Melissa: Rodriguez says that supporting those who are seeking termination services is not only about finances, it's also about emotional and personal support.
Mariely: It's important for people as they're thinking about these things and how they can be of support and of use to their peers, to their family members, to their friends, to other people in their communities to think about how it is that they're approaching that support because in times of desperation, people will say and do things that may not be as supportive as they think they are and may actually be harmful.
Melissa: Legal security for providers supportive wraparound care for patients throughout the event. These measures were highlighted as critical for surviving in a fundamentally altered policy landscape but neither reverses the legal effects of Dobbs.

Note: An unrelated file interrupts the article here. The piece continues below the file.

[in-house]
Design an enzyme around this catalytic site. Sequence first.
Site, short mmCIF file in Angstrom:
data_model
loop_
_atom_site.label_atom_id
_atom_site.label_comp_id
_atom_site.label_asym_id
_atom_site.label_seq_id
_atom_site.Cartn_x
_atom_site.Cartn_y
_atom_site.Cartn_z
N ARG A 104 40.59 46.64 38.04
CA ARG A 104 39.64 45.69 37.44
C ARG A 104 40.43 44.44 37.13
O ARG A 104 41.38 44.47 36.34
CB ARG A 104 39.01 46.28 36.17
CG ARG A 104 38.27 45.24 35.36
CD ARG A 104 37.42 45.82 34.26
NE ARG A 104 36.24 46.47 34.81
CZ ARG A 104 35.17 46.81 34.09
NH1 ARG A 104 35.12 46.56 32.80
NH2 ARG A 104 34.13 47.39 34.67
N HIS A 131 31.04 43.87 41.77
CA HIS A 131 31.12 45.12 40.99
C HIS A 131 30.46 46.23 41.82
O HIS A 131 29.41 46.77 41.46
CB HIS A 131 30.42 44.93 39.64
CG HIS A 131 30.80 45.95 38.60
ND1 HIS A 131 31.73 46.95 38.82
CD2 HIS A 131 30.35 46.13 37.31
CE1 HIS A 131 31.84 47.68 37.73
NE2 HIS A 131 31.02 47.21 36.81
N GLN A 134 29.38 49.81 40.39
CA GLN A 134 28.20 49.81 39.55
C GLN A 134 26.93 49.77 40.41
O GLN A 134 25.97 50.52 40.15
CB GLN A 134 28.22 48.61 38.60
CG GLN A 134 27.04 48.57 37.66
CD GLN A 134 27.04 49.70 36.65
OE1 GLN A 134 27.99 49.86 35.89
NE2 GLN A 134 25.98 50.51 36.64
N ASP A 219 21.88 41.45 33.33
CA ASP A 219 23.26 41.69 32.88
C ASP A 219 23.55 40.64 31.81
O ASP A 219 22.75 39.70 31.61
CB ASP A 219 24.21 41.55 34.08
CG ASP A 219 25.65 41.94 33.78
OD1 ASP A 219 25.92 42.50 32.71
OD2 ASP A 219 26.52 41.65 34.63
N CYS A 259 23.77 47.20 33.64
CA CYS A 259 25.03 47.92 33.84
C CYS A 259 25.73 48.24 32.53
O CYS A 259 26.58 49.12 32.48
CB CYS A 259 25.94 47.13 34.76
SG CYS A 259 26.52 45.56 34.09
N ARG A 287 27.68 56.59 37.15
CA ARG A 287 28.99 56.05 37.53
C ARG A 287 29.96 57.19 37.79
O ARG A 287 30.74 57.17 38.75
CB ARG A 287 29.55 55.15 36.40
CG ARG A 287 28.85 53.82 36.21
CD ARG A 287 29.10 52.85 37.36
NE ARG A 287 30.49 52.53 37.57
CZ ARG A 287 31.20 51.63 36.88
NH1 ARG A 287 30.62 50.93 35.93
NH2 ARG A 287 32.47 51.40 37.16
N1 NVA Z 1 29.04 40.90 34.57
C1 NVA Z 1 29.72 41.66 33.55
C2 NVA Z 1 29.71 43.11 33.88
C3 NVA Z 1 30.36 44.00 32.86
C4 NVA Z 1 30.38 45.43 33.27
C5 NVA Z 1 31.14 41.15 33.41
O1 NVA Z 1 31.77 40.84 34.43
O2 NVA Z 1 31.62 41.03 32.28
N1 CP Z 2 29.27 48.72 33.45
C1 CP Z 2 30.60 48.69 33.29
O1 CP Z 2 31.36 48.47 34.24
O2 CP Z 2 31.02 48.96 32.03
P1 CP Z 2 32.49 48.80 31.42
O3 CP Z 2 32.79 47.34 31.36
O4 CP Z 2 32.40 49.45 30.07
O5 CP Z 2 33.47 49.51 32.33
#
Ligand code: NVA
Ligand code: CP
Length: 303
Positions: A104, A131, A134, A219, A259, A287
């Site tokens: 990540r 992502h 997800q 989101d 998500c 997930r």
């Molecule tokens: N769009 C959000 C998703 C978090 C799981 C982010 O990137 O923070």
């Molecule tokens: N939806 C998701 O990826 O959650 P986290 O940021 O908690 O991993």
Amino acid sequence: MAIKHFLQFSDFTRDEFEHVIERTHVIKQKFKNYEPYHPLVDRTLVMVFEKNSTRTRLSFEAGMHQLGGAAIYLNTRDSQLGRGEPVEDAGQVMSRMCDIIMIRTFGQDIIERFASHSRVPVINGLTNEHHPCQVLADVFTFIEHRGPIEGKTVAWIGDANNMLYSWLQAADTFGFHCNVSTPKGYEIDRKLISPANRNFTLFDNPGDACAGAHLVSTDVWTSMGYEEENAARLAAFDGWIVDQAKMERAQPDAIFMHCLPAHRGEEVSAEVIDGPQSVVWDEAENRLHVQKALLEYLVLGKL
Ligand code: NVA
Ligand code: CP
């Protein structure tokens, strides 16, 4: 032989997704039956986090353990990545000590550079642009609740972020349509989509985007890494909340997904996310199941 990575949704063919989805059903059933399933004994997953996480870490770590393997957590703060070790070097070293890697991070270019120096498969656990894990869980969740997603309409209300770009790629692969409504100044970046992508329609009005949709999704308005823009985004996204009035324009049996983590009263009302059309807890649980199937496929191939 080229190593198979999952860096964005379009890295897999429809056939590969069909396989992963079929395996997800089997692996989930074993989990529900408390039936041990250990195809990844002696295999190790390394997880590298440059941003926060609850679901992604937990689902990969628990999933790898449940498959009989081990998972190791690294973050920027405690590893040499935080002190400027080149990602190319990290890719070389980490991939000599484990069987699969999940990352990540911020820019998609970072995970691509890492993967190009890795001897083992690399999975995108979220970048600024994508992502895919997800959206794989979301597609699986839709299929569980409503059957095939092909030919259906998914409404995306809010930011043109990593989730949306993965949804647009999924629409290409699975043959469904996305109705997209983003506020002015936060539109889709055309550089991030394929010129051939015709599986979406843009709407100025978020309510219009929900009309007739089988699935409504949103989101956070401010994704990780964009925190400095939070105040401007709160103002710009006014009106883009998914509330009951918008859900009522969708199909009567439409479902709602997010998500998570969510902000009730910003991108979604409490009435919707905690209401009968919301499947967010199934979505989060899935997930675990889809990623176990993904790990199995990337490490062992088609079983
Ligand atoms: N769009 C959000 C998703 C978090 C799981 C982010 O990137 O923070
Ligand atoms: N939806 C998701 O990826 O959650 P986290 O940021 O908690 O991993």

Arpita Appannagari: Hi, I'm Arpita Appannagari. I am the policy and partnerships manager at the National Institute for Reproductive Health.
Melissa: Appannagari suggested a public policy strategy that, in many ways, mirrors are steps taken by the anti-choice movement during the past several decades. Start local.
Arpita: I totally understand how it can feel disempowering to live in a state, where your voting rights are in question, where you've been gerrymandered out of really feeling like your voice is heard. That's why I think it's even more important to remember that you can just go to your City Council Member's office. You can knock on a door, you can show up to a City Council meeting and claim your time. It's critical to remember that elected officials at all levels work for you. Doing your job includes kind of forcing them to do their job.